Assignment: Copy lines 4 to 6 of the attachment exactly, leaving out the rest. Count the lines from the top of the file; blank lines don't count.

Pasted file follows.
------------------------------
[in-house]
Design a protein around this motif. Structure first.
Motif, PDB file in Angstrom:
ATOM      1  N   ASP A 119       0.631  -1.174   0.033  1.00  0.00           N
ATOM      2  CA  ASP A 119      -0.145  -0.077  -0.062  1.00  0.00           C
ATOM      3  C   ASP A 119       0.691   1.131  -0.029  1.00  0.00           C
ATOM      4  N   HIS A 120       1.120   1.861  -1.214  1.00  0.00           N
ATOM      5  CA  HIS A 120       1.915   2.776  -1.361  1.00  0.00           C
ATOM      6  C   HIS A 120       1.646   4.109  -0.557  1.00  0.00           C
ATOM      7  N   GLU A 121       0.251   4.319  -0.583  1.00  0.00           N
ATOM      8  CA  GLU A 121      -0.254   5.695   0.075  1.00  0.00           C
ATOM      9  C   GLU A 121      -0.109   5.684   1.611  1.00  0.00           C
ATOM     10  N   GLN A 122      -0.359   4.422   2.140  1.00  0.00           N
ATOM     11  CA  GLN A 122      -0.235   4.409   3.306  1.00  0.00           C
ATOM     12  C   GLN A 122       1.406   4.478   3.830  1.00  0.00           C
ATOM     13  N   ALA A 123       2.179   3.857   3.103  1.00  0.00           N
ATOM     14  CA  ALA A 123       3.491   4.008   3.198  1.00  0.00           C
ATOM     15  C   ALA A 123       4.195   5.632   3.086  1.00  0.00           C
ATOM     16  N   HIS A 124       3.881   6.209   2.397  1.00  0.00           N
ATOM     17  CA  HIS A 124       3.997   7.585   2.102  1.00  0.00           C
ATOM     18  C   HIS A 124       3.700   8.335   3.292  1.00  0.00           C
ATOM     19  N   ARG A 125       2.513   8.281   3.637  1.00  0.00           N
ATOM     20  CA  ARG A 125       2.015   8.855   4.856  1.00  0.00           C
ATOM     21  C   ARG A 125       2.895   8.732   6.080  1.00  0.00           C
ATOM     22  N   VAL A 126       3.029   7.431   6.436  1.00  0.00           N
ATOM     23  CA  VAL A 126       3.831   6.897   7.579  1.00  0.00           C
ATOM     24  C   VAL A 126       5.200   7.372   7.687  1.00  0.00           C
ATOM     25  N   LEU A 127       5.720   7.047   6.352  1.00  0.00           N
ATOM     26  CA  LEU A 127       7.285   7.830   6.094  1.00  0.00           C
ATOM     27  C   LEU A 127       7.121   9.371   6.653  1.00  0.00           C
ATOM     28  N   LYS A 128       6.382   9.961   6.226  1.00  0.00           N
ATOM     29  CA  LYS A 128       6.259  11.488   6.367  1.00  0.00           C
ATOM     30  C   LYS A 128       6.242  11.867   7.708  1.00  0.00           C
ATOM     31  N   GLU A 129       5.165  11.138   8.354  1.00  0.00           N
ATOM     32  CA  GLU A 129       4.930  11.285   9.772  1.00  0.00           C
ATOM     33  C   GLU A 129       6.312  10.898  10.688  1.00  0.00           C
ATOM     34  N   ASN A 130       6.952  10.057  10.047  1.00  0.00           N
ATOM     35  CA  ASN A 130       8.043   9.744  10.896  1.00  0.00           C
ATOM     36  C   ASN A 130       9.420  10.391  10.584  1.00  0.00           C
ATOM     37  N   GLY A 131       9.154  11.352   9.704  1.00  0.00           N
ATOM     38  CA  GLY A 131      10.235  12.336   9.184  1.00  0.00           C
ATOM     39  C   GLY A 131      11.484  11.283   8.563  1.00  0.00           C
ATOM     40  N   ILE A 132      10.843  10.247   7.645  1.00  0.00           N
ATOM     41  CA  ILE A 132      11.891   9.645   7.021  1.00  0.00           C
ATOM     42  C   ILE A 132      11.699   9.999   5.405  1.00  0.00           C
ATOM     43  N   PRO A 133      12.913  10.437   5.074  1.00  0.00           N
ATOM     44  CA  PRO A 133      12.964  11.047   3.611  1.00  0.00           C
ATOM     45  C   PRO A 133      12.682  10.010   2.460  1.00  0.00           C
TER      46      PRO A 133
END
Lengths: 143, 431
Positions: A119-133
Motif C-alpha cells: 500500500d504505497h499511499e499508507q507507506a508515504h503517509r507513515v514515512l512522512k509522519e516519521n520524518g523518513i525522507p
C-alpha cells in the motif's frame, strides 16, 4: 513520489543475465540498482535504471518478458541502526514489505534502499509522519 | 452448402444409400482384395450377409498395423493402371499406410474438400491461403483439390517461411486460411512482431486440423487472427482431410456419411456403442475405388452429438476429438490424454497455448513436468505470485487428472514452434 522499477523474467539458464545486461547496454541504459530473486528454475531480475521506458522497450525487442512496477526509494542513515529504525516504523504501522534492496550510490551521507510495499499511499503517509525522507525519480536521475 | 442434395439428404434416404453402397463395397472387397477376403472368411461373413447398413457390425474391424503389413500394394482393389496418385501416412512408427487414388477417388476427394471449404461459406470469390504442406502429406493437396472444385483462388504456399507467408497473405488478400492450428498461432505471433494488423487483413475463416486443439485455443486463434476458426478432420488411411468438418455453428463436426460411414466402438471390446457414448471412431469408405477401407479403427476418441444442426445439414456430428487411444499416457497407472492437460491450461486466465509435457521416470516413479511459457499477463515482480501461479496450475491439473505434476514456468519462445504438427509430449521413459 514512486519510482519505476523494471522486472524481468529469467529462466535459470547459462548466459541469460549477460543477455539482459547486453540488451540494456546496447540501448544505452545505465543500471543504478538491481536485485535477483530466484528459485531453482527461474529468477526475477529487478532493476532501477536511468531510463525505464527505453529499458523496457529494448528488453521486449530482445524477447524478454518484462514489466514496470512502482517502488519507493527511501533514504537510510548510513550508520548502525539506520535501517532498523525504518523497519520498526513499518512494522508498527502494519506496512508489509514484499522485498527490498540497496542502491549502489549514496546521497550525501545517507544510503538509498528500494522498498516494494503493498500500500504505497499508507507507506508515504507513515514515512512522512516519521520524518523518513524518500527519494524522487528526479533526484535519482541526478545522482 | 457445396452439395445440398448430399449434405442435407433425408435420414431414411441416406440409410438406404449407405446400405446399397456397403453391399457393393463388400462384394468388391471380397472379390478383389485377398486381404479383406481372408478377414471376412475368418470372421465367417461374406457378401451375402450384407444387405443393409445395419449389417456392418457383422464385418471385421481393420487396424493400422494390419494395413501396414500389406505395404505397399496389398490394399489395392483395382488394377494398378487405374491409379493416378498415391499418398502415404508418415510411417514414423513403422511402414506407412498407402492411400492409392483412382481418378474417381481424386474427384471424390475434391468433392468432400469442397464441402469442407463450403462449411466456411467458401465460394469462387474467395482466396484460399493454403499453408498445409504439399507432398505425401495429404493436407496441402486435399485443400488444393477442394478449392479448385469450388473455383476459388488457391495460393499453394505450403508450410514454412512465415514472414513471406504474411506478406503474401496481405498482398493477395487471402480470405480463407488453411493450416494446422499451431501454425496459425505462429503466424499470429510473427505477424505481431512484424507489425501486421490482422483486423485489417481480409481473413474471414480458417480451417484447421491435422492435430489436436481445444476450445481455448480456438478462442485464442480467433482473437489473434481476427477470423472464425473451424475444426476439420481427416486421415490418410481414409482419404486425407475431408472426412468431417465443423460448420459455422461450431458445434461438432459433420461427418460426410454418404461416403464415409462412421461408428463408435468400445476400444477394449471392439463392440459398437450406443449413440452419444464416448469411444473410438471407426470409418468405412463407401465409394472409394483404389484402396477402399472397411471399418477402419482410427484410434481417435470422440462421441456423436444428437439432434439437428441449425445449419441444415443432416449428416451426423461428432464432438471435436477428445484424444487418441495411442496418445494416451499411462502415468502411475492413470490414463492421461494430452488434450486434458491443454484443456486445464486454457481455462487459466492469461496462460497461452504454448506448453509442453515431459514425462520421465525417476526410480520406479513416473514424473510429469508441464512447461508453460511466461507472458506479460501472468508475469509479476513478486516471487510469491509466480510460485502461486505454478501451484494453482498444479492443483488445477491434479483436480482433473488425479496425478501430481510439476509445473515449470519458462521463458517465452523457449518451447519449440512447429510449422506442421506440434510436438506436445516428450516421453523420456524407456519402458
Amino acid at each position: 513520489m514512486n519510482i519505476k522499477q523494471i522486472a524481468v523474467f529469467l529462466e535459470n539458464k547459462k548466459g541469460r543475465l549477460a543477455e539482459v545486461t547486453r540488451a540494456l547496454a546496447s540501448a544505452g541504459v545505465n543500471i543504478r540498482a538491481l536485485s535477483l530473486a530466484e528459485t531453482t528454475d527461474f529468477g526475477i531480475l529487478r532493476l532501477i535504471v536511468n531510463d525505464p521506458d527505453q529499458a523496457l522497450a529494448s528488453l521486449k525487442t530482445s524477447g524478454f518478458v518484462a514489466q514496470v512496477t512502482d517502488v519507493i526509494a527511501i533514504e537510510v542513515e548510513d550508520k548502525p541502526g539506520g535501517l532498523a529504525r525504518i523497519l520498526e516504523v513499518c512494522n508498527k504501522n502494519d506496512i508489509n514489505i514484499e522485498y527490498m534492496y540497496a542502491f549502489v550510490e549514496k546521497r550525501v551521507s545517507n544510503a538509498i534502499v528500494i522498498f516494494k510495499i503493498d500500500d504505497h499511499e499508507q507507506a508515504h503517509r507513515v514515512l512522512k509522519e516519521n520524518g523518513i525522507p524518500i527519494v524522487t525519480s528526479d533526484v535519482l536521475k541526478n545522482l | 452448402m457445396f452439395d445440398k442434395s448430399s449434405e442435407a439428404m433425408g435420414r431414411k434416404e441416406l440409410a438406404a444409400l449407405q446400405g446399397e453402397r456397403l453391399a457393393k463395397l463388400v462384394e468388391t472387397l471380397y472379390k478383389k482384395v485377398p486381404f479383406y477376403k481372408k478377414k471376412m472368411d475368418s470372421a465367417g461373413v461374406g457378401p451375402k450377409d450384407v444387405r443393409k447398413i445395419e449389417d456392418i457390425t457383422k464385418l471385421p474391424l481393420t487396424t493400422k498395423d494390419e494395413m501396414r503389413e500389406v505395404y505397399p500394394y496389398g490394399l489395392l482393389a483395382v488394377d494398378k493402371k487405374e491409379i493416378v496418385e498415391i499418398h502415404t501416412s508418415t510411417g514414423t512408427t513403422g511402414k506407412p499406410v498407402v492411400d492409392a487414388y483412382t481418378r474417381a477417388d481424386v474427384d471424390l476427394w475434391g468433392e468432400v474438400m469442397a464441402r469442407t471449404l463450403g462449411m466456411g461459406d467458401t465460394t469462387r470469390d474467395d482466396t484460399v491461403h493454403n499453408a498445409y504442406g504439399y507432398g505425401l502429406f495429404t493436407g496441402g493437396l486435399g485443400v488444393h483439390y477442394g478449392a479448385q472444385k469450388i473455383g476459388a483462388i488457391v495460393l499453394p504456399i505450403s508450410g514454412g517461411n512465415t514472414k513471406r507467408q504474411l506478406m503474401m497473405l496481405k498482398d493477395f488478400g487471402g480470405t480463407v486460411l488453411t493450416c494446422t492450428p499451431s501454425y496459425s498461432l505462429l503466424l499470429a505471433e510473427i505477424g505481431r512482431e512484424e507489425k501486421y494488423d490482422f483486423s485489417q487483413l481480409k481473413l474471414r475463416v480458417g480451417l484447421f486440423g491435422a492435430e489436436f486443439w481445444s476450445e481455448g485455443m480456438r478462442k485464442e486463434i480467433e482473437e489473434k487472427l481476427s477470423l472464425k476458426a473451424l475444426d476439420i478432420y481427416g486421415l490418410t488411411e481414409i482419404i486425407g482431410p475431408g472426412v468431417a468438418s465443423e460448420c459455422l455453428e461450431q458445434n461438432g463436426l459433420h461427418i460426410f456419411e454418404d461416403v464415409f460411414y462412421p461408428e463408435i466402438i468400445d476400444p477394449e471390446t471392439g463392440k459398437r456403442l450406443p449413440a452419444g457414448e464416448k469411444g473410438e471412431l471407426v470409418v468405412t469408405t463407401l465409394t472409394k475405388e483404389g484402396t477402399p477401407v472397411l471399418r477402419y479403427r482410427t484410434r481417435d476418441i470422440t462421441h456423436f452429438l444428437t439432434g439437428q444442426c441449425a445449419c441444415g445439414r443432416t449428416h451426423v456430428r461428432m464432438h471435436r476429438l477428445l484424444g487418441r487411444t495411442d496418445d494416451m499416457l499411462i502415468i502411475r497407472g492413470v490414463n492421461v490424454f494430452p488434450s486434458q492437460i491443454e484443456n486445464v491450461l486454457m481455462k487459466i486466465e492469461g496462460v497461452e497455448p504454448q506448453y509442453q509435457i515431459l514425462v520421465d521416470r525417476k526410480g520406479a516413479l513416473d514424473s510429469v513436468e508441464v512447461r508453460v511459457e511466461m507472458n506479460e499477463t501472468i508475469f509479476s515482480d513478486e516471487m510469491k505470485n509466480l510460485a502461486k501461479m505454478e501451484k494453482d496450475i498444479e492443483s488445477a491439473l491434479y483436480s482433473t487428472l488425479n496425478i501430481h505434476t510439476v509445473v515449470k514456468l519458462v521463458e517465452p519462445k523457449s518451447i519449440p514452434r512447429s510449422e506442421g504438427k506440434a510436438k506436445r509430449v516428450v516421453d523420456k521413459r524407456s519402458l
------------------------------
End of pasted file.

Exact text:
ATOM      1  N   ASP A 119       0.631  -1.174   0.033  1.00  0.00           N
ATOM      2  CA  ASP A 119      -0.145  -0.077  -0.062  1.00  0.00           C
ATOM      3  C   ASP A 119       0.691   1.131  -0.029  1.00  0.00           C